The trees are still up and there are still strings of lights festooning houses down every street, but people’s thoughts have turned from Christmas to the coming year. And, of course, to the year that’s past.
It’s a funny thing about this emigration lark. We didn’t arrive in Canada on the first of January, but it’s hard to avoid thinking of this as the end of our second year. End of the year is what it’s all about, after all.
One of the truths we’ve come to understand in this second year, is that it was both easier and harder than the first. The things that seemed so strange and difficult at first have become everyday. I know where to shop, I know how to get to a doctor, dental checkups are a snap. Mrs Dim and I both have jobs. We have friends, and as much of a social life as we can cope with. So much for the hard things. But this year we have felt some of the strain of being so far from family and old friends. Technology has been a big help, with Skype, email and FaceBook keeping us up to date with events and even helping us send real-time video greetings to my family on Christmas morning, but it’s not the same as the regular visits to and by friends. Or even the sporadic visits. Or those ‘Didn’t know we were coming, but found ourselves in the area” visits. The recent ructions over my working weekends and weasel wrangling showed us how much we missed the support of our families when it comes to getting a break from the weasels, or giving them a break from us.
A stranger relaxation comes from the acceptance that we’re here for the long haul. Mrs Dim was saying today that she’s not in such a tearing hurry to try all the winter sports on offer, or visit every corner of British Columbia RIGHT NOW, because she finally feels that there will be time for all of that. We’ve accepted, for example, that Middle Weasel really doesn’t want to give skiing a go again this winter. She got cold last year, she said, and she doesn’t want to do it again. That was a blow, because if she’s not skiing, then one of us has to not ski too. Brilliant grammar, Dim, try again. If she’s not skiing, then one of us has to stay with her, and the other has to ski with Eldest Weasel (who is competent) and Tiniest Weasel (who is a natural disaster on skis, hurtling down the slopes like a football in a helmet, but armed with two sharpened poles….). So, as you read this, I shall be off to the Mountain with Eldest Weasel only, taking my last ski of the year. Also, as it happens, my second ski of the year, but I’ll take what I can get.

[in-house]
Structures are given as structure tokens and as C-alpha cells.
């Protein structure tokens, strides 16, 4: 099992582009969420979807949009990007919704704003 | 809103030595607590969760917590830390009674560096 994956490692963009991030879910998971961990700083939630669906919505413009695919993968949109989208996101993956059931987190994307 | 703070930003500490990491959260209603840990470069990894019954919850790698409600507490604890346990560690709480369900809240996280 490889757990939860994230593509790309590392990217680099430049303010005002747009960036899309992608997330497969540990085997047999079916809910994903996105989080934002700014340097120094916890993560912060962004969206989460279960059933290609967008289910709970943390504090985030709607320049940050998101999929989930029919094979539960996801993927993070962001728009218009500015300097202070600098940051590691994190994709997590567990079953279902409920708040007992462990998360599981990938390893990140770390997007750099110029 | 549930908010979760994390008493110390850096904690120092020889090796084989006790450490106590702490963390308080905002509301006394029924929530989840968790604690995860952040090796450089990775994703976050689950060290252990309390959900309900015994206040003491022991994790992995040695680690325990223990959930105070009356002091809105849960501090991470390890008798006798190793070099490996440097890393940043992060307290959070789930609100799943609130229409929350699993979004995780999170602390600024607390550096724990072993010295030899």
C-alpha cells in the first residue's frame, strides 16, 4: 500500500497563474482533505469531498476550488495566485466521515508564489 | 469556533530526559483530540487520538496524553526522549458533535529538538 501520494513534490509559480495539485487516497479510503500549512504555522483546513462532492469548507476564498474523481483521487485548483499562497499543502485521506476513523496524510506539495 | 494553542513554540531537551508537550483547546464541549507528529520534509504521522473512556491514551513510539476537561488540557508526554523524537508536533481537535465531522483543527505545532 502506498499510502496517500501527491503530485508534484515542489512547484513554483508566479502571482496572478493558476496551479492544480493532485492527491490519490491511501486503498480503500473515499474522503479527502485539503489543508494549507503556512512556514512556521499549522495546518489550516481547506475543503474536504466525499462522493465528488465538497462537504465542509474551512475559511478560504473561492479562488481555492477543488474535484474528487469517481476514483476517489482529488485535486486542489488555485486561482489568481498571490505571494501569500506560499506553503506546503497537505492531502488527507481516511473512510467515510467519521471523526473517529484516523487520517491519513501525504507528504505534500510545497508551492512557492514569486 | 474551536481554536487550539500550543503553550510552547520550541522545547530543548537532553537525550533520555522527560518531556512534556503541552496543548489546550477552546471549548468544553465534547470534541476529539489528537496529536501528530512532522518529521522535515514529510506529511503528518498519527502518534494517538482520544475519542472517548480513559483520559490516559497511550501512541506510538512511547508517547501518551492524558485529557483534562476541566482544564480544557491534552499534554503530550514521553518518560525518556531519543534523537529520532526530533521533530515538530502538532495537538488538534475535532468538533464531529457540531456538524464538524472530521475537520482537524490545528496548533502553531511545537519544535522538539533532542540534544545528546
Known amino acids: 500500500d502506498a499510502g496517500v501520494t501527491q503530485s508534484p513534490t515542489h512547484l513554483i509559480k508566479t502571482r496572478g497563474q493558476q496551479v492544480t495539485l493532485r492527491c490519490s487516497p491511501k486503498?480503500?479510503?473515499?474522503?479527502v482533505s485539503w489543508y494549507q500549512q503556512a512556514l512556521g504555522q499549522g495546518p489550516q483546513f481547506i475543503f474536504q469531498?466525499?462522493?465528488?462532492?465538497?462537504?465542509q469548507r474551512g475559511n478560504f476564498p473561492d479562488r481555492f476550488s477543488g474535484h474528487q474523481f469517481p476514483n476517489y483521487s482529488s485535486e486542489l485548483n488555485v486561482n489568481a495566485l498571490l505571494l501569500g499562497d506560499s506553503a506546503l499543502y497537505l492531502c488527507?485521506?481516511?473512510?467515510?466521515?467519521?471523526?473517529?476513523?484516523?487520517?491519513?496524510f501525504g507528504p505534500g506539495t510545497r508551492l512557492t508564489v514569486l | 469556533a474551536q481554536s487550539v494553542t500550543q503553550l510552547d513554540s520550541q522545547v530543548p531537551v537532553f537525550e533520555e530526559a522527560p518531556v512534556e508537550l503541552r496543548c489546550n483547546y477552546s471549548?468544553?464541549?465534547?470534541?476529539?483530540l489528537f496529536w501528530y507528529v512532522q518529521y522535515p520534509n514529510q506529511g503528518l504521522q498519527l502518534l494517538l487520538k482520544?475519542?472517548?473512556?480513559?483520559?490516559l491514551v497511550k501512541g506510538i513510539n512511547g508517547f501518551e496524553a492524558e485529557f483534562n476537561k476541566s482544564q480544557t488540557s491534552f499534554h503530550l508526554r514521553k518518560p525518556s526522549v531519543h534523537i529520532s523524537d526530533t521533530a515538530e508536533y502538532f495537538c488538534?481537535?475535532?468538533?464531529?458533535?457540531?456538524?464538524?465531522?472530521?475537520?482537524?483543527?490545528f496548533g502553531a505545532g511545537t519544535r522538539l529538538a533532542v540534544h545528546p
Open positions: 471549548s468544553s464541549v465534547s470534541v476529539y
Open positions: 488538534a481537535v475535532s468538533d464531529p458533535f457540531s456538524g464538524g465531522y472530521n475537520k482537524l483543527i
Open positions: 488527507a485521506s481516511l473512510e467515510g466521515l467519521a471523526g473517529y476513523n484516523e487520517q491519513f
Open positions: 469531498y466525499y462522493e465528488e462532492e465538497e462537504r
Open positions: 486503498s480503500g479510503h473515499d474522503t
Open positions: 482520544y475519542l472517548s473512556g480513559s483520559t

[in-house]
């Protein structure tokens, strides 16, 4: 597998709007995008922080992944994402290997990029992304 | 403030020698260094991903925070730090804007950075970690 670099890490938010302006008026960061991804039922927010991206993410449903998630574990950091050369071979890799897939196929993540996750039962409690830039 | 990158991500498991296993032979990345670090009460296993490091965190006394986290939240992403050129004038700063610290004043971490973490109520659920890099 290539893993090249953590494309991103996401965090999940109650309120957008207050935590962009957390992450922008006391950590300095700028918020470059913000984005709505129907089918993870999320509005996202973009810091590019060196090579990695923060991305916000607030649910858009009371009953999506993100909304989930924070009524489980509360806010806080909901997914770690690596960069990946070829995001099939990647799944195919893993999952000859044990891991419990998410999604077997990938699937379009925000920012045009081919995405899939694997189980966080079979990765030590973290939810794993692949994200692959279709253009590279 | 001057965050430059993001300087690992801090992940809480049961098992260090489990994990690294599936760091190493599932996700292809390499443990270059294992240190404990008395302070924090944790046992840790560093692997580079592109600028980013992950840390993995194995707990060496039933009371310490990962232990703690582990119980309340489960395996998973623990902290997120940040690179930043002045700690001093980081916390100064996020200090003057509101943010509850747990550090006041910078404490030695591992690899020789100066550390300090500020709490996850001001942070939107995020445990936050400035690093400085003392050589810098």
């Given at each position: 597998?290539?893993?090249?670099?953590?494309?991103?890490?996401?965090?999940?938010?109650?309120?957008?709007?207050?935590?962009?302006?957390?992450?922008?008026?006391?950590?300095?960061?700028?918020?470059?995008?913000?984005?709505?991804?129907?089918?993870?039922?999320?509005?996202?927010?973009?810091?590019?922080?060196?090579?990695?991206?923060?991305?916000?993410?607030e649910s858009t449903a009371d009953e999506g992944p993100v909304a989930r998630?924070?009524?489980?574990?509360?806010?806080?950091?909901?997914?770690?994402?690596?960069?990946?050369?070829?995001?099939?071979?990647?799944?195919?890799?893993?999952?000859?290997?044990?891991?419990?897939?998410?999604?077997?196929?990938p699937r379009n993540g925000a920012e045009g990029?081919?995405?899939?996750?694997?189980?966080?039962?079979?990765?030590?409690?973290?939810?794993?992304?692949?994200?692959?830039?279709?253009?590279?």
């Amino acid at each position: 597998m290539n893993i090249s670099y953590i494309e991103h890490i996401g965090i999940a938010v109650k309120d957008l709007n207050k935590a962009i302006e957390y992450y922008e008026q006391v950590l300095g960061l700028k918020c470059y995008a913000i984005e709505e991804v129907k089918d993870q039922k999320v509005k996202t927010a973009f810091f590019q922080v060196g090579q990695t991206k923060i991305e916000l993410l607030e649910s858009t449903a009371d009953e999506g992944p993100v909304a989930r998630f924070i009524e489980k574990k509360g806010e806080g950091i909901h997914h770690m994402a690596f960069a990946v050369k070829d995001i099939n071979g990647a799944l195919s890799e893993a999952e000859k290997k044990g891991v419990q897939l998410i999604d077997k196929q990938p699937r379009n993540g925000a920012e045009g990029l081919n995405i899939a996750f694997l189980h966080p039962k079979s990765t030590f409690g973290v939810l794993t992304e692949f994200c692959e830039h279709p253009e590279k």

We’re homeowners now, able to bore folks with our tales of renovation, and feeling a lot more Canadian because we have a piece of the land to call our own. In a year we’ve gone from being Newbies, renting and living off foreign earnings, to landed Canadians, paying tax and contributing to our community.
Back in March, celebrating our first anniversary of landing, I said we’d pretty much run out of firsts, but I think I spoke too soon. I’m finding, like a lot of people, that there are many, many firsts in a lifetime, and many more that you don’t regret having to do again and again. In the year to come we’re facing Eldest Weasel going up to High School, further employment ambitions and business expansions and the hope of a Christmas trip to the UK. Whether those things will be problems or challenges we’ll have to wait and see, but we’re ready for them either way.
Happy New Year, eh?
AND you have been incredibly generous in sharing this experience with us all. Feeling connected with the narrative of the journey, the emotions of the characters involved and the trials and tribulations that life throws in your path, have been told in a moving and engaging way. I feel an autobiography bubbles on the stove, get yourself a publisher or an agent – agent Guy Rose (although you may actually have one in which case my apologies) or publisher MacMillan… they’ll snap you up and people will flock to experience the dream with you.
New Years Blessings… xxx Foxi Rosie
late, but never to late! Happy New Year! 🙂